Community Water Fluoridation and Urinary Fluoride Concentrations in a National Sample of Pregnant Women in Canada (lay summary)

Till C, Green R, Grundy JG, Hornung R, Neufeld R, Martinez-Mier EA, Ayotte P, Muckle G, Lanphear BP. Environmental Health Perspectives. 2018 Oct 10;126(10).

Fluoride is a mineral that can be found naturally in water, food and soil. A number of cities in Canada adjust fluoride levels in drinking water to help prevent dental cavities. Other sources of fluoride include beverages (e.g., tea, coffee and juices), dental products (e.g., toothpastes, mouth rinses), and other consumer products such as supplements. In adults, approximately 50-75% of the fluoride consumed appears in the urine within 24 hours after ingestion. So far, no studies in North America have compared fluoride levels in urine of pregnant women with the fluoride concentrations in the drinking water of the cities where they live. The objective of this study was to identify factors that were associated with urinary fluoride levels in pregnant women.

In this MIREC Biobank project, researchers measured fluoride concentrations in urine during each trimester of pregnancy from 1,566 women living in 10 cities across Canada. Adjustments were made for urinary dilution. Information on the woman’s education, family income, country of birth and tea consumption habits was collected in the questionnaires. The first 3 letters of the woman’s postal code were used to locate which water treatment plant(s) serviced her home. Fluoride concentrations in city drinking water during the time period of the pregnancy were obtained from the cities. Toronto, Hamilton, Ottawa, Sudbury, Halifax, Edmonton, and Winnipeg add fluoride to their drinking water while Vancouver, Montreal, and Kingston do not.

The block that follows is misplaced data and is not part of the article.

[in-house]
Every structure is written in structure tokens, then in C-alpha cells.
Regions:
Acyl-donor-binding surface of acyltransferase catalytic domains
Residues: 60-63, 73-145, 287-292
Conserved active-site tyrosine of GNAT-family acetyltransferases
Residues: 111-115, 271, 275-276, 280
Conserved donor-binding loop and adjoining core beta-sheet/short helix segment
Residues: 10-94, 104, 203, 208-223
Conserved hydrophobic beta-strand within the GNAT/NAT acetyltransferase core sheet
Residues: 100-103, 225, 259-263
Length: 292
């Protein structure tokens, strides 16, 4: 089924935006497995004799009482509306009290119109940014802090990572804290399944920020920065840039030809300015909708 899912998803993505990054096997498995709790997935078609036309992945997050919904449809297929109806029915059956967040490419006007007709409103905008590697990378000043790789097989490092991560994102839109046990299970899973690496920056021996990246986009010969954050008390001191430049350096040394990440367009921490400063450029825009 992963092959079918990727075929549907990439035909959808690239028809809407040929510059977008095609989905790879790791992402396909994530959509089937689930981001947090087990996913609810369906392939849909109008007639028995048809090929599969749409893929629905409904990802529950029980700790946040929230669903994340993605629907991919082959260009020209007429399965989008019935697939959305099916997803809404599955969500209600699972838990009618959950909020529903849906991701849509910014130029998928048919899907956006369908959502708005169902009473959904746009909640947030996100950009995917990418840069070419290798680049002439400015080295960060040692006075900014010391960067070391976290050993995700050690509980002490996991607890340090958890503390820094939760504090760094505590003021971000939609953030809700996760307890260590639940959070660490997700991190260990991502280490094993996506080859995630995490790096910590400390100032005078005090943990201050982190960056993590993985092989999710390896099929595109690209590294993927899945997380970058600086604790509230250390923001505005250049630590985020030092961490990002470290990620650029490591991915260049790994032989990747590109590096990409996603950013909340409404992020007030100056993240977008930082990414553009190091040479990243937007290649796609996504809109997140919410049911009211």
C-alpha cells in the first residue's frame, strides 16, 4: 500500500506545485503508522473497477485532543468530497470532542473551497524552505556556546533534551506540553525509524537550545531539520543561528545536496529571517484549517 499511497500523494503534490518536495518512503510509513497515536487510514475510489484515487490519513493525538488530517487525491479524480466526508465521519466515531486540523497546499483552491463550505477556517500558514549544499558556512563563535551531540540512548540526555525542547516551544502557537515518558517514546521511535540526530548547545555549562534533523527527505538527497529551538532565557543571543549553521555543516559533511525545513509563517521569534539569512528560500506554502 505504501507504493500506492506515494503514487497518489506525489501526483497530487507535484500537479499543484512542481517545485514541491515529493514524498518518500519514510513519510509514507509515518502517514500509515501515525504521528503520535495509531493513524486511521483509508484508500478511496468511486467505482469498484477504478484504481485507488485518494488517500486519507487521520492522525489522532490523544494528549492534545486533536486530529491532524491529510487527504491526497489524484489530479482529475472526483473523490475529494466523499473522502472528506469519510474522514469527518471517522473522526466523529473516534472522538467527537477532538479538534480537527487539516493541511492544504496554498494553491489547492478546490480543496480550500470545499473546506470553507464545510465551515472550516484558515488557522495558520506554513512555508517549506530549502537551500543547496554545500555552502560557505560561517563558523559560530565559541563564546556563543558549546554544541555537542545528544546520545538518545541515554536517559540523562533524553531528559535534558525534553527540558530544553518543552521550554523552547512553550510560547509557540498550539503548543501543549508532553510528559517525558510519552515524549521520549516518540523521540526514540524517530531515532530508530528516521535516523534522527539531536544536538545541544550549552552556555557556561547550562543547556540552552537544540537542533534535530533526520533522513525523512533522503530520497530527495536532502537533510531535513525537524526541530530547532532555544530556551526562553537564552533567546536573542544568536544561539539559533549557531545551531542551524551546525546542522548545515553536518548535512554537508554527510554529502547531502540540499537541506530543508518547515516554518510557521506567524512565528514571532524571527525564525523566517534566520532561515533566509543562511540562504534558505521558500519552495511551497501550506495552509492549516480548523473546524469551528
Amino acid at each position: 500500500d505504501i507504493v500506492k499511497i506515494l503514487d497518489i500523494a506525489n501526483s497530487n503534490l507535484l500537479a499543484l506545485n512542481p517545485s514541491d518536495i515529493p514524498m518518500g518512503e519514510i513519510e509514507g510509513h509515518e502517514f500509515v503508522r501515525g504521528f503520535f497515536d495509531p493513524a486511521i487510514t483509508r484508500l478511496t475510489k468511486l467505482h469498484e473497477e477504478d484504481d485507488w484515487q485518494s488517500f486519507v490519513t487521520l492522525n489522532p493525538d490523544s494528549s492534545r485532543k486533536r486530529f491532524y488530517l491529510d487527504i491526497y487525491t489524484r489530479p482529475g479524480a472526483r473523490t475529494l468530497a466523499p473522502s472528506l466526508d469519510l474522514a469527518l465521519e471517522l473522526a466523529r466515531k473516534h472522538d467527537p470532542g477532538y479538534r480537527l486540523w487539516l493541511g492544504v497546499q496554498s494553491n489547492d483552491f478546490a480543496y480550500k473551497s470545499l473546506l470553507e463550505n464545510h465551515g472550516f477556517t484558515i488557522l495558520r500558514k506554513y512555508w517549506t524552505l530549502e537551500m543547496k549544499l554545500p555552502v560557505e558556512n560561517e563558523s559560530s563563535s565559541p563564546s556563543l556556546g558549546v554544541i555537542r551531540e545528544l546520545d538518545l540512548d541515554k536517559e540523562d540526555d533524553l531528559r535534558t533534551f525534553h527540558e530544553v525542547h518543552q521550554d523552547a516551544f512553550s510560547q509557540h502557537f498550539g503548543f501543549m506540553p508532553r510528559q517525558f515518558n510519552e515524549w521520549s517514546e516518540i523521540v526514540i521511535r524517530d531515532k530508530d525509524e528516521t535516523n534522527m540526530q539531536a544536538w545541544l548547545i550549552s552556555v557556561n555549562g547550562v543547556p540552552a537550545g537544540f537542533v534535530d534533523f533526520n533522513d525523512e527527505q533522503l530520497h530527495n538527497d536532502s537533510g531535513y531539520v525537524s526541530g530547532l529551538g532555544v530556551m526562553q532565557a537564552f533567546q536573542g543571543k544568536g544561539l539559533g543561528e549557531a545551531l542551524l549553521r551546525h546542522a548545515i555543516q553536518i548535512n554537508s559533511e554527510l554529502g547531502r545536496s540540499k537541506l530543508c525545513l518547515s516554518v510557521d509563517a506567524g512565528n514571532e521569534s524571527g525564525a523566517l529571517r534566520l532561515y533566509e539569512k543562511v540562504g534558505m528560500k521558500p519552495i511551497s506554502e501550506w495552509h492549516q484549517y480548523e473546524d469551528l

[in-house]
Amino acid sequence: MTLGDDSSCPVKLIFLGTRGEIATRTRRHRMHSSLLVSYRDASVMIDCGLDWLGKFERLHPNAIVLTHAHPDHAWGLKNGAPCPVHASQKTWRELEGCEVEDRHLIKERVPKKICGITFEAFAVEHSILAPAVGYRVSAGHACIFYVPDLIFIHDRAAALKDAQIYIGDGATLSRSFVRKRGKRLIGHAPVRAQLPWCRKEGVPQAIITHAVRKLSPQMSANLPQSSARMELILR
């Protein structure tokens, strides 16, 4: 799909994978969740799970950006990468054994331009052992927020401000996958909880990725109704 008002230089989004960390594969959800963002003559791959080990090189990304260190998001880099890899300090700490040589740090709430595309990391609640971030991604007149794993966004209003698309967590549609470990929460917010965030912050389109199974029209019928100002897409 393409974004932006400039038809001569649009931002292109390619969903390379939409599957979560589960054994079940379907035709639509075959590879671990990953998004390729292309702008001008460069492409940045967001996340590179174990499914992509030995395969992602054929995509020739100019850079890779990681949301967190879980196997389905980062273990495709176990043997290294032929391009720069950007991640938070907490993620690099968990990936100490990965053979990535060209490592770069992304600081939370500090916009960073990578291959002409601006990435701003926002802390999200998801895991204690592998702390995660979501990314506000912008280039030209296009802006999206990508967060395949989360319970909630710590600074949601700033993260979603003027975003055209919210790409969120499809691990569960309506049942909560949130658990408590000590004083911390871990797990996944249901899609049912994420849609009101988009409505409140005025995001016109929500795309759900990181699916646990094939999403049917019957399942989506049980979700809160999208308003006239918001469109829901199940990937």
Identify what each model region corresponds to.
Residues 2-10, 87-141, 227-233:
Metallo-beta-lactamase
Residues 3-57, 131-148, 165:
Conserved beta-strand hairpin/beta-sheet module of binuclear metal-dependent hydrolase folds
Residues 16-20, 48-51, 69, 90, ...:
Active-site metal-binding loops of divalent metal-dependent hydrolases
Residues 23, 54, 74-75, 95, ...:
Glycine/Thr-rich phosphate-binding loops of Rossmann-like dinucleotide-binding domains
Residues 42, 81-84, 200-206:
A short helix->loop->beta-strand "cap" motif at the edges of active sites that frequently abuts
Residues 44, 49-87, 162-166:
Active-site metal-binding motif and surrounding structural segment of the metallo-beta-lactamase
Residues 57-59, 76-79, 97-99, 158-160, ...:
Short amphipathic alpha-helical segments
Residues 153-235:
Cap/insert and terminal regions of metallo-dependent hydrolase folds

This study showed that average fluoride concentrations in maternal urine were almost two times higher among women living in fluoridated than non-fluoridated communities. Drinking black tea but not green tea was also associated with higher levels of fluoride in maternal urine.

In conclusion, this study found that community water fluoridation is a major source of fluoride exposure for pregnant women living in Canada.

This MIREC Biobank study was led by researchers at York University in Toronto.